In 1828 he attracted general attention with Pelham, an intimate study of the dandyism of the age that kept gossips busy in identifying the characters with the leading men of the time. By 1833, he had reached the height of his popularity with Godolphin, followed by The Pilgrims of the Rhine (1834), The Last Days of Pompeii (1834), Rienzi (1835), and Last of the Saxon Kings (1848).

He penned many other works, including Vril: The Power of the Coming Race, which drew heavily on his interest in the occult and contributed to the birth of the science fiction genre. Some believe the book helped to inspire Nazi mysticism.

Legacy

Although he was popular in his day (and was a fine Victorian stylist), Bulwer-Lytton's prose strikes many contemporary readers as anachronistic and overly embellished.

His name lives on in the annual Bulwer-Lytton Fiction Contest, in which contestants have to supply the openings of terrible (imaginary) novels, inspired by his novel Paul Clifford, which opens with the famous words,

"It was a dark and stormy night"

or to give the sentence in its full glory:

"It was a dark and stormy night; the rain fell in torrents--except at occasional intervals, when it was checked by a violent gust of wind which swept up the streets (for it is in London that our scene lies), rattling along the housetops, and fiercely agitating the scanty flame of the lamps that struggled against the darkness."

The shorter form of the opening sentence was popularized by the Peanuts comic strip. Snoopy's sessions with the typewriter usually began with it. Entrants in the contest seek to capture the rapid changes in point of view, the florid language, and the atmosphere of the full sentence.

Bulwer-Lytton's most famous respected turn of phrase is "the pen is mightier than the sword," although its original quote is led with the phrase "Beneath the rule of men entirely great," in the play Richlieu. His 1871 novel, The Coming Race, has been read by some as presaging Nazi mysticism. Unquestionably, its story of a subterranean race of men waiting to reclaim the surface is one of the first science fiction novels. Such controversy aside, it gave us the memorable phrase "pursuit of the almighty dollar." Finally, he is widely credited for "the great unwashed." Unfortunately, many citations claim The Last Days of Pompeii as the original source, and perusal of the original work indicates that this is not the case.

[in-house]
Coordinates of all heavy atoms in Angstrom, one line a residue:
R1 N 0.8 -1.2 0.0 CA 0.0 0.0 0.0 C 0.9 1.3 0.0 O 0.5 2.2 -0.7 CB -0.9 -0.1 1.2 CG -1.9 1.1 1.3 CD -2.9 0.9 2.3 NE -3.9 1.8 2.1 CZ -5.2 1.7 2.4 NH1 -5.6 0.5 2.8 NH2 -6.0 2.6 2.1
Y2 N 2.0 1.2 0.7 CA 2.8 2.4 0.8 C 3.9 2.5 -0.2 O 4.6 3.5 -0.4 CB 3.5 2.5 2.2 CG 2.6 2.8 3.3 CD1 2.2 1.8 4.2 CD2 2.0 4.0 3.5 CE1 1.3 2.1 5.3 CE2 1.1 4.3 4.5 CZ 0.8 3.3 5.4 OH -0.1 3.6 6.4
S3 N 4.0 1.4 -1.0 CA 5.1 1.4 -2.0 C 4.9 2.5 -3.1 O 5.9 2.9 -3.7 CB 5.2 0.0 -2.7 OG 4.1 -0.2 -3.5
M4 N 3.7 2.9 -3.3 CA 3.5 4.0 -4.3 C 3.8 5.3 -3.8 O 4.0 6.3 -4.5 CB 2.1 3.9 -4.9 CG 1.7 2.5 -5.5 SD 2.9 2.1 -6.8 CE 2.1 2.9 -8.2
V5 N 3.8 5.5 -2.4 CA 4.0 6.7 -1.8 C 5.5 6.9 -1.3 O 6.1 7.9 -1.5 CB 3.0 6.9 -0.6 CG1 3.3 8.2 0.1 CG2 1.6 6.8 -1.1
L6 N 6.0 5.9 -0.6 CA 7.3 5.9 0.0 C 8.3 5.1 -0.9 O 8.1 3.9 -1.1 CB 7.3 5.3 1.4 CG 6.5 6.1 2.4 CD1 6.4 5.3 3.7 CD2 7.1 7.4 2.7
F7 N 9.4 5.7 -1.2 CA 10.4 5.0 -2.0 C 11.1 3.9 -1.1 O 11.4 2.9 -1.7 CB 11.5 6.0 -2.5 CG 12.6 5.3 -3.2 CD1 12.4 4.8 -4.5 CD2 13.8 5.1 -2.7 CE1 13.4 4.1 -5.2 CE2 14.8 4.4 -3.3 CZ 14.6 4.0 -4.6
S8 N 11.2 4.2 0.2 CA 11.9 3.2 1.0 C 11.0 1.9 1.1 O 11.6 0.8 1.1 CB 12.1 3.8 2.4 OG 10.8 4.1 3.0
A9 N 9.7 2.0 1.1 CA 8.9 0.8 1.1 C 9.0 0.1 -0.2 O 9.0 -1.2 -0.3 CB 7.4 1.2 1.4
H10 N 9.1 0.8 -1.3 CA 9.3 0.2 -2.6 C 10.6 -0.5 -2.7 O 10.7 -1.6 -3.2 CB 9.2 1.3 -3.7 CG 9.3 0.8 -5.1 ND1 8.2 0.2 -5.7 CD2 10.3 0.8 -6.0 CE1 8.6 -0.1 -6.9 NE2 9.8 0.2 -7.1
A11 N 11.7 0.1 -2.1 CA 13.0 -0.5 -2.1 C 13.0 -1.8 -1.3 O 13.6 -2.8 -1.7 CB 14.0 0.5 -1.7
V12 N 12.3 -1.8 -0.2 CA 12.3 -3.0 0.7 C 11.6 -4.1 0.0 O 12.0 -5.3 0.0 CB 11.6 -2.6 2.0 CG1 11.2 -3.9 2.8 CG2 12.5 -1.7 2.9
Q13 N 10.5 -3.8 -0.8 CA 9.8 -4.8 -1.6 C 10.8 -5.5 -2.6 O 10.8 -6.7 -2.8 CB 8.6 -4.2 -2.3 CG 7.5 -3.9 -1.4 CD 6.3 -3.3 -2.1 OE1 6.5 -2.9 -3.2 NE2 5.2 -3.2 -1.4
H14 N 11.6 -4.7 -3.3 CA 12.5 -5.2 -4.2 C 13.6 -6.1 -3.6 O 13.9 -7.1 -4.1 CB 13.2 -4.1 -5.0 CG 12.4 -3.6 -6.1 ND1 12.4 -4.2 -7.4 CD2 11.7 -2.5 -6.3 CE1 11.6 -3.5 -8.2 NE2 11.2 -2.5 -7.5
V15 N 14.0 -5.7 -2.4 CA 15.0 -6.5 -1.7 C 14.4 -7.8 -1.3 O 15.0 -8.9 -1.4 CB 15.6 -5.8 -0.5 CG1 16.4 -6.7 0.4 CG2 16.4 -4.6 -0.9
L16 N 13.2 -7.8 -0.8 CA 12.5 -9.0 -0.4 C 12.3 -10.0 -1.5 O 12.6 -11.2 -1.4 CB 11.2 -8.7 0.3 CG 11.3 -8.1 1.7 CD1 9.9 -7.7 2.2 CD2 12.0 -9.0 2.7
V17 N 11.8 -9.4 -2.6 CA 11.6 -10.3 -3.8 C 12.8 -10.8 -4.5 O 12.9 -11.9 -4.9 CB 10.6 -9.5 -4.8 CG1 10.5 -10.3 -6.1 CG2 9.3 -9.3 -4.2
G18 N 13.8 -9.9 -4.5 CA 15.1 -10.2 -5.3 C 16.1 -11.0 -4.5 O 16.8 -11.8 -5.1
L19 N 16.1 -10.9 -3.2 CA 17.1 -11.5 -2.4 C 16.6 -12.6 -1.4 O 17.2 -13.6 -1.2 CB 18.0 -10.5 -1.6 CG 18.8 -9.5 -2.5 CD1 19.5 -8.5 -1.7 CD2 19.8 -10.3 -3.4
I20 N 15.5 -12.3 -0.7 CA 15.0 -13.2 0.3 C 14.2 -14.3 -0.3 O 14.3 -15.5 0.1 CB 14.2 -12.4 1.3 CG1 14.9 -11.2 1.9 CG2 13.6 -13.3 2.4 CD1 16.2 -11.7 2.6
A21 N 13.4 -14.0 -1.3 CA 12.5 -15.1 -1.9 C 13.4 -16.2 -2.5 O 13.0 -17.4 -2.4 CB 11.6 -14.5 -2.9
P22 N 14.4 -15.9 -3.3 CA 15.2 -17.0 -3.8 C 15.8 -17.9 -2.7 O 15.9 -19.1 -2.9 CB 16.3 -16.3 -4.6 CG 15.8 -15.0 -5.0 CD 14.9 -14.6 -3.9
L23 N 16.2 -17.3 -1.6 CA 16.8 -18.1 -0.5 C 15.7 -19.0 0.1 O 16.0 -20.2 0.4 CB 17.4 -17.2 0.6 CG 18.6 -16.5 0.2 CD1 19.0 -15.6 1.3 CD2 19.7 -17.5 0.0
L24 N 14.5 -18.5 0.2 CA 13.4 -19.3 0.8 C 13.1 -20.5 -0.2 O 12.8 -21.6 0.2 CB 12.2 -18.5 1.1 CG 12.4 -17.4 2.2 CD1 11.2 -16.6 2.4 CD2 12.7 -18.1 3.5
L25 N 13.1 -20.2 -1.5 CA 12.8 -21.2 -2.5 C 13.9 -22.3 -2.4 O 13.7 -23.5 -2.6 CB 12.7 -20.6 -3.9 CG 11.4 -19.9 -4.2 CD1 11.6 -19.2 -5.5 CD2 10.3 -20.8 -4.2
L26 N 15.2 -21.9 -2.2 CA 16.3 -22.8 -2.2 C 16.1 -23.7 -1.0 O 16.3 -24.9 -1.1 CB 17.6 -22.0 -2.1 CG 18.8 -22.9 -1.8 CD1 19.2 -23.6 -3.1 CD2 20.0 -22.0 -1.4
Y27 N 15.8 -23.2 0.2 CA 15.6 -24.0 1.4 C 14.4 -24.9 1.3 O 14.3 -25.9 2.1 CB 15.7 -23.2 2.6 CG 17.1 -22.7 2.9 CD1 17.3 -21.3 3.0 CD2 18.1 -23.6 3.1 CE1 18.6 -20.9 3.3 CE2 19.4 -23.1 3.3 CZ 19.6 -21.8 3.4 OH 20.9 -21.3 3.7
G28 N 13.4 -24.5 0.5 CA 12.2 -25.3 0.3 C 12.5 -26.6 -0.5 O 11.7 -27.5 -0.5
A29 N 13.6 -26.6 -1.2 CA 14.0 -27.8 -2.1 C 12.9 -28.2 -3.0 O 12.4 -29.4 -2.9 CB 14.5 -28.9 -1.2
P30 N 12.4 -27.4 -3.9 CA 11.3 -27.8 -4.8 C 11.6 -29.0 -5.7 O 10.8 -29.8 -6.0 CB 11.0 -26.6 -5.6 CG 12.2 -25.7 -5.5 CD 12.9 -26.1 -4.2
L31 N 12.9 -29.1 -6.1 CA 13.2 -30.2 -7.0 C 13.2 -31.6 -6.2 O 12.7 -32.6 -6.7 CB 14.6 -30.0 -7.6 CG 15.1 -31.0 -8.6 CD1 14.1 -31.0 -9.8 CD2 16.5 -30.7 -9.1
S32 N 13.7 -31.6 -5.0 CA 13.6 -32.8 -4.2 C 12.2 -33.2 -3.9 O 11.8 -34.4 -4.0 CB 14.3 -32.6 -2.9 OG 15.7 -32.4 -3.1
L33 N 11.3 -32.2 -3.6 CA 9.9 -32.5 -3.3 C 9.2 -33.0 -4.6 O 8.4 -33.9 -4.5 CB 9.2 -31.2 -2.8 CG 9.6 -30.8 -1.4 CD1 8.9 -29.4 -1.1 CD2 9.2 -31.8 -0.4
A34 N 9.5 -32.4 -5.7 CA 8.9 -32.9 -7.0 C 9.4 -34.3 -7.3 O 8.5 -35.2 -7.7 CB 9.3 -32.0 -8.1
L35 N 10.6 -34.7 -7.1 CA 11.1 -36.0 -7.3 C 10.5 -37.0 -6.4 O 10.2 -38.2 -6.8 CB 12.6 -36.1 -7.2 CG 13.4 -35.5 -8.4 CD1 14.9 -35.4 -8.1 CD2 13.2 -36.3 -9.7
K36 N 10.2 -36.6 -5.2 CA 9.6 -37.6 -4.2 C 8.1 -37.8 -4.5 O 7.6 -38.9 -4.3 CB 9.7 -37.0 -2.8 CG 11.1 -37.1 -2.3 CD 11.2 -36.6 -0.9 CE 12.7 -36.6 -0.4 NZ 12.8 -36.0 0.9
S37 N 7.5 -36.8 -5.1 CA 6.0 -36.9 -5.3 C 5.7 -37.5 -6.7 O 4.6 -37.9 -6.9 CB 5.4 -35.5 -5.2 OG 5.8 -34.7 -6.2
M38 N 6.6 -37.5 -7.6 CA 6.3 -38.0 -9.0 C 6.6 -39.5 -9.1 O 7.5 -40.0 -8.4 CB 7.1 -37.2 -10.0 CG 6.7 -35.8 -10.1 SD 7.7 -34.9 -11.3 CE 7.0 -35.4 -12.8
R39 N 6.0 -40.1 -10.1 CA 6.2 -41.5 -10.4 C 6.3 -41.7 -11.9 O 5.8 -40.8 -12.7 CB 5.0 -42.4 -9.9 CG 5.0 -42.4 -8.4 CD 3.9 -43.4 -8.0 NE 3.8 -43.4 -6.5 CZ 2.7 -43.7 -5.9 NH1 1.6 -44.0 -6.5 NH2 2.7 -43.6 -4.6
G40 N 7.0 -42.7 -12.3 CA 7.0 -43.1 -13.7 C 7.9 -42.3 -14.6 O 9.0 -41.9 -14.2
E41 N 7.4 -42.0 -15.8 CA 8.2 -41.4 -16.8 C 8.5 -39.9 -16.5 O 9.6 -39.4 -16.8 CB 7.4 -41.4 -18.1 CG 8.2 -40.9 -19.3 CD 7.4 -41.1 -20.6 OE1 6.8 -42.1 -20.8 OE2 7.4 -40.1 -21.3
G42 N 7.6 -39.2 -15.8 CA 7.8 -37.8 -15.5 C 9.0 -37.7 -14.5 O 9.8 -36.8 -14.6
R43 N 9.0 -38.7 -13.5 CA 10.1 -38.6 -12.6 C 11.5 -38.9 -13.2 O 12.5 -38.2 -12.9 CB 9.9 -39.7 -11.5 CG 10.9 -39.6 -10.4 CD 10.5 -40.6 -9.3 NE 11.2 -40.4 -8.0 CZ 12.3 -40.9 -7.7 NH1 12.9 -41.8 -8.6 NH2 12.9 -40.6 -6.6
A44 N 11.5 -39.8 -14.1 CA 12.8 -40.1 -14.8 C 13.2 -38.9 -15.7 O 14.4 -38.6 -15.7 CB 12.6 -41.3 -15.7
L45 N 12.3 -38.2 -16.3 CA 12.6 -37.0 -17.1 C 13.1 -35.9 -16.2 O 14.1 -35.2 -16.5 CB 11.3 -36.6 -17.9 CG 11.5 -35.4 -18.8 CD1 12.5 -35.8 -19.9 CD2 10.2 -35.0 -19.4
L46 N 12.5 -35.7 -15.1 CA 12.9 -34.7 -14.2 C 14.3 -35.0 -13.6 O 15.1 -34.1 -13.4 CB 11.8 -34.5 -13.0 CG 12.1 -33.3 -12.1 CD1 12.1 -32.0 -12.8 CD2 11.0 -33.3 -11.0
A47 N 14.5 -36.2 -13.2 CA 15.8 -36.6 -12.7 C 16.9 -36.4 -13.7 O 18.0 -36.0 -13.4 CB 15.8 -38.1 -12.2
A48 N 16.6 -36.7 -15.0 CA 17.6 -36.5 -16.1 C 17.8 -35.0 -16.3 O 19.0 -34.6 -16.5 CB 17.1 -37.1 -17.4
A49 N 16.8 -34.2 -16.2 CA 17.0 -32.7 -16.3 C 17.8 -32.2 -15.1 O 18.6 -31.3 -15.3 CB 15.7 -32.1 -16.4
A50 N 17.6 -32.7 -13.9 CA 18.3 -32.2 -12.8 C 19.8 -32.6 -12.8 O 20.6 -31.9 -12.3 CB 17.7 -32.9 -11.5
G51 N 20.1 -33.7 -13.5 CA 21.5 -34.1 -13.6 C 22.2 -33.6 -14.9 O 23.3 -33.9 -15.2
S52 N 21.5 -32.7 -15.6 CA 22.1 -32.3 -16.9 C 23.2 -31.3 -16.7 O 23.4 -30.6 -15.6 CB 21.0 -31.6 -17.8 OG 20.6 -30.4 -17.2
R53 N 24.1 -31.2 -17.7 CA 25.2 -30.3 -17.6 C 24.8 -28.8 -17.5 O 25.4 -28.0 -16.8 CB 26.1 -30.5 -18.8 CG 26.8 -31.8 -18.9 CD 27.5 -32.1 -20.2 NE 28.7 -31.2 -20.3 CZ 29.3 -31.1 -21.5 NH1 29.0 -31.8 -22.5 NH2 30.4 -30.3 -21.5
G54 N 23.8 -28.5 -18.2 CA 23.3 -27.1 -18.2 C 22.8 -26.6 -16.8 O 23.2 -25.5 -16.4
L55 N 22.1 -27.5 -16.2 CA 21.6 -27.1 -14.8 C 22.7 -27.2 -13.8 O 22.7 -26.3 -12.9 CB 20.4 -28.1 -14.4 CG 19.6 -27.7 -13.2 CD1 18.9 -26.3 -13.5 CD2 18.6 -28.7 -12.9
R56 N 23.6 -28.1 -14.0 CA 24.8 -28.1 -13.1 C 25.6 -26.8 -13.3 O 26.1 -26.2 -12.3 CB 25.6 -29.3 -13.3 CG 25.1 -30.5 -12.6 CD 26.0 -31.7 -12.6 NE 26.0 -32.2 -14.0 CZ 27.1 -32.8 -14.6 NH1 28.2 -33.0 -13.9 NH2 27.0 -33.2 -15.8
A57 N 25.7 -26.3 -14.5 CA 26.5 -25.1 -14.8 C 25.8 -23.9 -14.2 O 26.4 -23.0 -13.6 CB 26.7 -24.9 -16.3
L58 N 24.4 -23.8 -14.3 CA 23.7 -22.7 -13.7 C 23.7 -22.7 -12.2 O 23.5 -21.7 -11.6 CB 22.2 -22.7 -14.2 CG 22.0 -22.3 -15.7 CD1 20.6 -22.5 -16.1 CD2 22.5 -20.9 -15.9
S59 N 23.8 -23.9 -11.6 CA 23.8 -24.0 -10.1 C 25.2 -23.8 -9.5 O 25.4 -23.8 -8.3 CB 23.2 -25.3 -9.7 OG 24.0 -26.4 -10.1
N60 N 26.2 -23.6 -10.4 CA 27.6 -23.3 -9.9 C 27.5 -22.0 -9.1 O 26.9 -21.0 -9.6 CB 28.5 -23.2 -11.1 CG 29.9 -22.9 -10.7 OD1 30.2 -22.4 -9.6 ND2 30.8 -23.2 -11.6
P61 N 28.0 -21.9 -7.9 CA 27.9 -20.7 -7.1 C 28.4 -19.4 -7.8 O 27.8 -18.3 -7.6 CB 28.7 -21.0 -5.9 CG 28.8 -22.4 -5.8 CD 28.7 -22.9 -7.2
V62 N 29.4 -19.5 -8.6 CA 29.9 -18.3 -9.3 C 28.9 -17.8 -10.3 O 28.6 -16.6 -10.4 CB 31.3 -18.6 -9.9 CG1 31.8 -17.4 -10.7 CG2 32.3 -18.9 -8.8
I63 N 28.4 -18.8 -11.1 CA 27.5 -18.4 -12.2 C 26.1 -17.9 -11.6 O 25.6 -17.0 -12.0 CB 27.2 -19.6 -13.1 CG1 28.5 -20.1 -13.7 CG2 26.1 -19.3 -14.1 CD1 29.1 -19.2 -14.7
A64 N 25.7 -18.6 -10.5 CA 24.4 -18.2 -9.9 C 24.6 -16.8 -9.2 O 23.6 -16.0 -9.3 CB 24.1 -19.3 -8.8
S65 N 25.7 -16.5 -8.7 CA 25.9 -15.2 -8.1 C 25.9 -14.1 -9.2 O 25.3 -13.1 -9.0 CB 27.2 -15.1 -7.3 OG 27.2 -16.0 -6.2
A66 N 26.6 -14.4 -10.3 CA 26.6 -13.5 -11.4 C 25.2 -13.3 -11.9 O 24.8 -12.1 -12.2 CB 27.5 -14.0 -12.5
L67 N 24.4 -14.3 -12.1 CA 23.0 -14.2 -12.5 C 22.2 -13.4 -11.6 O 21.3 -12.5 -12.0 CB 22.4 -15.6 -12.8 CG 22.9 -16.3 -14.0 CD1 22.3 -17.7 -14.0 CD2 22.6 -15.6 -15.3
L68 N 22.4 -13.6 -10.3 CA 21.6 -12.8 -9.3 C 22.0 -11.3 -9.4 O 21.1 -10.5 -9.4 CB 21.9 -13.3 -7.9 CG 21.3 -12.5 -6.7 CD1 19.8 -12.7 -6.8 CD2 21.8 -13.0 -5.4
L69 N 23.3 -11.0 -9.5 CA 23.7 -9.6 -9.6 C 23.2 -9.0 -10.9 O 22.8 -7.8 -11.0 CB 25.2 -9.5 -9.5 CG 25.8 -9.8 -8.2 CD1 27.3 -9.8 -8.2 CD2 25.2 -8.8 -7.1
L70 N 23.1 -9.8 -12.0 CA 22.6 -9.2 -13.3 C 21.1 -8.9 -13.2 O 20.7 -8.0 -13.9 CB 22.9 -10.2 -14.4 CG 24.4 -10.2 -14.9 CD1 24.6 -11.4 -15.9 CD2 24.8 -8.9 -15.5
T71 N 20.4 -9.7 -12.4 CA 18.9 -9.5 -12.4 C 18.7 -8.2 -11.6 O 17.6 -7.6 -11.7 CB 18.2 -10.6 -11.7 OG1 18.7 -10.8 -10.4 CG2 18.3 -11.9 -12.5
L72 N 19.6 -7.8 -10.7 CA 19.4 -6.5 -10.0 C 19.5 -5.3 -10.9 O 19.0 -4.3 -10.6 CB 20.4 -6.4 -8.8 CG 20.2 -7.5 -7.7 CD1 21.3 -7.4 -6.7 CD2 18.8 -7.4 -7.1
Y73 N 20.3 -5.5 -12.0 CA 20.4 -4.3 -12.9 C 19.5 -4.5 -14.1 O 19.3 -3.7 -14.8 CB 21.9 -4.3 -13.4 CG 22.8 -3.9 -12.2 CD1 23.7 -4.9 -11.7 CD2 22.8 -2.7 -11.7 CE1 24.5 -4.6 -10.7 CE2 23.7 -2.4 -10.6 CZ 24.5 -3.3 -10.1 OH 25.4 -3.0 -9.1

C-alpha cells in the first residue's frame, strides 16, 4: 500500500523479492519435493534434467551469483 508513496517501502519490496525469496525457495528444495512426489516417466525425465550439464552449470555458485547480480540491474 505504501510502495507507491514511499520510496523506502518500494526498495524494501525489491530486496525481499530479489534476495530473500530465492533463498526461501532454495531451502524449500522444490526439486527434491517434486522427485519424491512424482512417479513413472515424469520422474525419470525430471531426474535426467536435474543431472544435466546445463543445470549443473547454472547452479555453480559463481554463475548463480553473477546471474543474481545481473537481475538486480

Several of his novels were made into operas, one of which (Rienzi, by Richard Wagner) eventually became considerably more famous than the novel on which it was based. Another of Bulwer-Lytton's novels, The Lady of Lyons, was made into an opera by Henry Fry (Leonora); this was the first opera composed in the United States.

In 1831 Bulwer-Lytton undertook the editorship of the New Monthly, but resigned in the following year. In 1841, he started the Monthly Chronicle, a semi-scientific magazine. During his career he wrote poetry, prose, and stage plays; his last novel was Kenelm Chillingly, which was in course of publication in Blackwoods Magazine at the time of his death in 1873.

Further reading

  • T. H. S. Escott, Edward Bulwer, 1st Baron Lytton of Knebworth (1910).

External links

  • Edward Bulwer-Lytton Books (http://www.edward-bulwer-lytton.org/)
  • Nearly all of Lord Lytton's works are available at Project Gutenberg as e-texts; some of them you can find here: [1] (http://onlinebooks.library.upenn.edu/webbin/gutbook/author?name=Bulwer-Lytton,%20Edward)
  • Dickens or Bulwer-Lytton? (http://reverent.org/bulwer-dickens.html) Take this quiz to see if you can tell the difference between their prose.


Preceded by:
The Lord Stanley
Secretary of State for the Colonies
1858–1859
Succeeded by:
The Duke of Newcastle

Template:End box

Preceded by:
New Creation
Baron Lytton Succeeded by:
Robert Bulwer-Lytton
de:Edward Bulwer-Lytton

eo:Edward George BULWER-LYTTON ja:エドワード・ジョージ・ブルワー・リットン